It’s decidedly ambitious from Epic Games and a bit of a gamble in that this won’t blow up in their faces (which many firmly believe it rightfully should). In the modern era where we are inching closer to 1984, where protesters are being picked up in unmarked vans and not seen from again, where the politicians readily lie to their constituents to further their financial gain, and the culture is so wildly divided during a pandemic that the United States can not control, the entire video and hashtag are so wildly out of touch that it brings to mind the Pepsi commercial that magically quelled unrest between rioters and police.
Epic Games lawsuit states that Apple is acting unfairly and in a manner that is ‘anti-competitive’; the pot metaphorically calling the kettle black as Epic Games has announced that they’re eager to continue purchasing exclusivity contracts with upcoming titles for PC, regardless of whether those developers have promised (and begun taking preorders from) other platforms and storefronts. AN additional segment states that despite Epic Games’ attempts in the past to receive some favorable status from Google and Apple, this lawsuit isn’t actually about receiving favorable rulings for themselves, but everyone.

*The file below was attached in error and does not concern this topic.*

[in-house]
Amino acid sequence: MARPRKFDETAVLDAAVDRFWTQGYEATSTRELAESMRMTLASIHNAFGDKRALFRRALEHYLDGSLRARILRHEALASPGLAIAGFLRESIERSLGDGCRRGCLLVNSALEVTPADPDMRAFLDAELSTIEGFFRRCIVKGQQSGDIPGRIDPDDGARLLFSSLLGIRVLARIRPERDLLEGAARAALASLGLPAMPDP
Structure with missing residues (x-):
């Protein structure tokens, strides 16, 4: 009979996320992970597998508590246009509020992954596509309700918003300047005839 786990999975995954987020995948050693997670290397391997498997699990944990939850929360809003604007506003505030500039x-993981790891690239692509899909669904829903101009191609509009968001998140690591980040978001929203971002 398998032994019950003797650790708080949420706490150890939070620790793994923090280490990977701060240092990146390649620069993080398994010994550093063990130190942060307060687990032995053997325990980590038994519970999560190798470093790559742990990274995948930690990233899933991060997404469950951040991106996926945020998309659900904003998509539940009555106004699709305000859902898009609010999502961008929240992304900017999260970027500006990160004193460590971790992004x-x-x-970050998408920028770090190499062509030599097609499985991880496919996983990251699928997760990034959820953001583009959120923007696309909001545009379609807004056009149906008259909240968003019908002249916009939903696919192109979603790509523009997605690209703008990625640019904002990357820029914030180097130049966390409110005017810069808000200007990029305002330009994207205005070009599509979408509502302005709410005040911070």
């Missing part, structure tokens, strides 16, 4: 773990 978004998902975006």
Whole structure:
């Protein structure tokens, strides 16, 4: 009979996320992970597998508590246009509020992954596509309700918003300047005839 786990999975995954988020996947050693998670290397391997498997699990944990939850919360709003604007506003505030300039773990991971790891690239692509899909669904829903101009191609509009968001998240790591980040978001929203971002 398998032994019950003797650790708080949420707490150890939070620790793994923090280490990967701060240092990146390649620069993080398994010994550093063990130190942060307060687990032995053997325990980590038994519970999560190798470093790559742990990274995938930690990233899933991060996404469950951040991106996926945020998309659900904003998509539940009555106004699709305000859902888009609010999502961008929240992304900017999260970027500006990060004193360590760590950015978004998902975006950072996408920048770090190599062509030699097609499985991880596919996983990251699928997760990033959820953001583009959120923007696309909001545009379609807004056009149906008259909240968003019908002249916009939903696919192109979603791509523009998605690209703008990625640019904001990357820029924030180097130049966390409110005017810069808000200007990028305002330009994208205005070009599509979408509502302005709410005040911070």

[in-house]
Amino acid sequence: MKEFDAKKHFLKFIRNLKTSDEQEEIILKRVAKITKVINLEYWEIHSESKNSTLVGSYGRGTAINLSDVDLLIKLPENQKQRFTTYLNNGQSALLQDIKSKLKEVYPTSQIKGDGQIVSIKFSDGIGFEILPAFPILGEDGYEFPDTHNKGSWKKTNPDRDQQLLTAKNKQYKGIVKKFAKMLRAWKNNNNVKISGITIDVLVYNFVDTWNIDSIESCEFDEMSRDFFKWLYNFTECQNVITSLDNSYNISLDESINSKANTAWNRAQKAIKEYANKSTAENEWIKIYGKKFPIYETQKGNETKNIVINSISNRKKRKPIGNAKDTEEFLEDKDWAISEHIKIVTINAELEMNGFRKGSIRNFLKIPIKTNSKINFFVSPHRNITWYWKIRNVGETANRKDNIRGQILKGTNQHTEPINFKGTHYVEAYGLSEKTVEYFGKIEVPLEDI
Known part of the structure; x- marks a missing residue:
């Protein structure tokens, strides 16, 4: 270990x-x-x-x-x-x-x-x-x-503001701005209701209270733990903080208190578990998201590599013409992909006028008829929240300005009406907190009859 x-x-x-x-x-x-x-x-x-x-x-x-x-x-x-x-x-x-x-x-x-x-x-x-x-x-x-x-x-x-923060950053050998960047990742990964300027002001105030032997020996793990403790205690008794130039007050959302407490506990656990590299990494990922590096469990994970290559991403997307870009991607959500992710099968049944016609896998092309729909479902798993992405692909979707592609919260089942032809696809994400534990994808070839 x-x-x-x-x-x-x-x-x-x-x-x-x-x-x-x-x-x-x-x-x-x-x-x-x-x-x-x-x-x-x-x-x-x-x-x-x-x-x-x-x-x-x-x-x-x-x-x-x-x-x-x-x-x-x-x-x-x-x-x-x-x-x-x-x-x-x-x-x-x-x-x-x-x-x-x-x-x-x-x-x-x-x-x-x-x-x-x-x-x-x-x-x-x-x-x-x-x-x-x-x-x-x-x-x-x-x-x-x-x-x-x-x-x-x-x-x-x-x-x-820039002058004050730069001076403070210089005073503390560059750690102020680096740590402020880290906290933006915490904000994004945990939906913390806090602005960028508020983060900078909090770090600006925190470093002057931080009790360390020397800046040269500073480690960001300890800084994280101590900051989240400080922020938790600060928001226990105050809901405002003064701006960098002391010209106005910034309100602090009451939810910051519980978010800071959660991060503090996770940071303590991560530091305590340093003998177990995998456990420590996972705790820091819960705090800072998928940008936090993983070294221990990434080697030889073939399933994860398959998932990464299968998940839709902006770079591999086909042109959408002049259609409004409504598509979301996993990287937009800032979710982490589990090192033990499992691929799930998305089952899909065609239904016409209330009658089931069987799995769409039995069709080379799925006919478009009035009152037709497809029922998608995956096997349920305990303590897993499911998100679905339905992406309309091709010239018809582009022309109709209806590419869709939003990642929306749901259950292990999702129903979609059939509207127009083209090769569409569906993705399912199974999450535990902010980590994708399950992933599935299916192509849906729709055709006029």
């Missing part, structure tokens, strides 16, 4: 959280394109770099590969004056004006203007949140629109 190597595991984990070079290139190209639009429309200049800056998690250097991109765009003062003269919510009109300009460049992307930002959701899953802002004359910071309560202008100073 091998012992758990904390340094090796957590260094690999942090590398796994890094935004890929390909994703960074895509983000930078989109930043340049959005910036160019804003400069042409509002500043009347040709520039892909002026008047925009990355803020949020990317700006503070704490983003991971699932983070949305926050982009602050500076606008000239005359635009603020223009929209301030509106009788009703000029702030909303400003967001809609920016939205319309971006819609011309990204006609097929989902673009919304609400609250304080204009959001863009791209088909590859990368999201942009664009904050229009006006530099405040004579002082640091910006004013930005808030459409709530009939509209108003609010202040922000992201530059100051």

Rulings that would then astronomically help Epic Games.
This marks as one of the first times in the gaming industry that corporations are attempting to use propaganda to cause a backlash against other corporations; worth a bookmark in the history books for an interesting new take on corporate warfare as it exists in the current era.
The underlying point in all of this, what makes it so uncomfortable for many industry veterans, is that Epic Games is knowingly relying on their far younger audience to apply pressure on storefronts because they don’t want to have to pay other corporations for their services. It’s akin to asking for free things from businesses because you’re an ‘influencer’, and it’s a frankly shameful ploy from the studio. The ensuing legal battle from this should be entertaining fodder with far-reaching consequences that neither side fully understands just yet.